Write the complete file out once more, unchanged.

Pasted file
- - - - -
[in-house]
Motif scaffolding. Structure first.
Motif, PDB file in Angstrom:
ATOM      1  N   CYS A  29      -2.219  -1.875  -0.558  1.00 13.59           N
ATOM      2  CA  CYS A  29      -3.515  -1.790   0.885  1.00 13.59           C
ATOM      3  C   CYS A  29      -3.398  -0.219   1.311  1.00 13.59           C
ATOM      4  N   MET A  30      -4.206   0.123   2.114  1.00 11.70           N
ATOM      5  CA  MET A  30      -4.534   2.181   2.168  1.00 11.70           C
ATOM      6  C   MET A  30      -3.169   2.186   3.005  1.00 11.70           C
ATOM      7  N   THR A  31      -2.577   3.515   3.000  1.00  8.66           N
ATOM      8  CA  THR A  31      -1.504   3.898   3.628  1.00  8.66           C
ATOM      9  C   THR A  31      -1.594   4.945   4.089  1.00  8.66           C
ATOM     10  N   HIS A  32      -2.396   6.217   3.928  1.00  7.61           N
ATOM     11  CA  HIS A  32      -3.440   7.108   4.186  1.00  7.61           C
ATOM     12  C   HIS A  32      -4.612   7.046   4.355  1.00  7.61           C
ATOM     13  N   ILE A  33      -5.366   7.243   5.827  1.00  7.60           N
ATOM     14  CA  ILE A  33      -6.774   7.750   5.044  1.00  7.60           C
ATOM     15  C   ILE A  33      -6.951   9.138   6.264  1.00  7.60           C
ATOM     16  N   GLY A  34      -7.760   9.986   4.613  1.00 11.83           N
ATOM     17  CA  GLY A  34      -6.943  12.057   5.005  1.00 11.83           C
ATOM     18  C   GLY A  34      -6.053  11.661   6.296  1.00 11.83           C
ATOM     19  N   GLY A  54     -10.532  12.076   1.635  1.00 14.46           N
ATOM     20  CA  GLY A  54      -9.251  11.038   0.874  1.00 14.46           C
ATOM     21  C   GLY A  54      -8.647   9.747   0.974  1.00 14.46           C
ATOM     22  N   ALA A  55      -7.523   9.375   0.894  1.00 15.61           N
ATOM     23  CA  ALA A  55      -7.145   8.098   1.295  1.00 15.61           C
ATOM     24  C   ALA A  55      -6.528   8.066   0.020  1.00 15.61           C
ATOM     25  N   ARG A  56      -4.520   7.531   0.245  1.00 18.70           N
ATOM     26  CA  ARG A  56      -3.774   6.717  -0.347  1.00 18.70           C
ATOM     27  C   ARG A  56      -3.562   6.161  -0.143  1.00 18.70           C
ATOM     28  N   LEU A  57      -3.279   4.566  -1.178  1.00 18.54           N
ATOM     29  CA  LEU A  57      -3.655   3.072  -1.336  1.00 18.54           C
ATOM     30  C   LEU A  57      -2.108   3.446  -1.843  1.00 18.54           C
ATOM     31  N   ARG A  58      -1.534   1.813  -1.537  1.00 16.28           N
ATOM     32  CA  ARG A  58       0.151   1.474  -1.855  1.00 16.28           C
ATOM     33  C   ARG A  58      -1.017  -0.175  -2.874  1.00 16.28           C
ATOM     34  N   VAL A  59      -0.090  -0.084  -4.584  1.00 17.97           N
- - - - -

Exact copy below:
[in-house]
Motif scaffolding. Structure first.
Motif, PDB file in Angstrom:
ATOM      1  N   CYS A  29      -2.219  -1.875  -0.558  1.00 13.59           N
ATOM      2  CA  CYS A  29      -3.515  -1.790   0.885  1.00 13.59           C
ATOM      3  C   CYS A  29      -3.398  -0.219   1.311  1.00 13.59           C
ATOM      4  N   MET A  30      -4.206   0.123   2.114  1.00 11.70           N
ATOM      5  CA  MET A  30      -4.534   2.181   2.168  1.00 11.70           C
ATOM      6  C   MET A  30      -3.169   2.186   3.005  1.00 11.70           C
ATOM      7  N   THR A  31      -2.577   3.515   3.000  1.00  8.66           N
ATOM      8  CA  THR A  31      -1.504   3.898   3.628  1.00  8.66           C
ATOM      9  C   THR A  31      -1.594   4.945   4.089  1.00  8.66           C
ATOM     10  N   HIS A  32      -2.396   6.217   3.928  1.00  7.61           N
ATOM     11  CA  HIS A  32      -3.440   7.108   4.186  1.00  7.61           C
ATOM     12  C   HIS A  32      -4.612   7.046   4.355  1.00  7.61           C
ATOM     13  N   ILE A  33      -5.366   7.243   5.827  1.00  7.60           N
ATOM     14  CA  ILE A  33      -6.774   7.750   5.044  1.00  7.60           C
ATOM     15  C   ILE A  33      -6.951   9.138   6.264  1.00  7.60           C
ATOM     16  N   GLY A  34      -7.760   9.986   4.613  1.00 11.83           N
ATOM     17  CA  GLY A  34      -6.943  12.057   5.005  1.00 11.83           C
ATOM     18  C   GLY A  34      -6.053  11.661   6.296  1.00 11.83           C
ATOM     19  N   GLY A  54     -10.532  12.076   1.635  1.00 14.46           N
ATOM     20  CA  GLY A  54      -9.251  11.038   0.874  1.00 14.46           C
ATOM     21  C   GLY A  54      -8.647   9.747   0.974  1.00 14.46           C
ATOM     22  N   ALA A  55      -7.523   9.375   0.894  1.00 15.61           N
ATOM     23  CA  ALA A  55      -7.145   8.098   1.295  1.00 15.61           C
ATOM     24  C   ALA A  55      -6.528   8.066   0.020  1.00 15.61           C
ATOM     25  N   ARG A  56      -4.520   7.531   0.245  1.00 18.70           N
ATOM     26  CA  ARG A  56      -3.774   6.717  -0.347  1.00 18.70           C
ATOM     27  C   ARG A  56      -3.562   6.161  -0.143  1.00 18.70           C
ATOM     28  N   LEU A  57      -3.279   4.566  -1.178  1.00 18.54           N
ATOM     29  CA  LEU A  57      -3.655   3.072  -1.336  1.00 18.54           C
ATOM     30  C   LEU A  57      -2.108   3.446  -1.843  1.00 18.54           C
ATOM     31  N   ARG A  58      -1.534   1.813  -1.537  1.00 16.28           N
ATOM     32  CA  ARG A  58       0.151   1.474  -1.855  1.00 16.28           C
ATOM     33  C   ARG A  58      -1.017  -0.175  -2.874  1.00 16.28           C
ATOM     34  N   VAL A  59      -0.090  -0.084  -4.584  1.00 17.97           N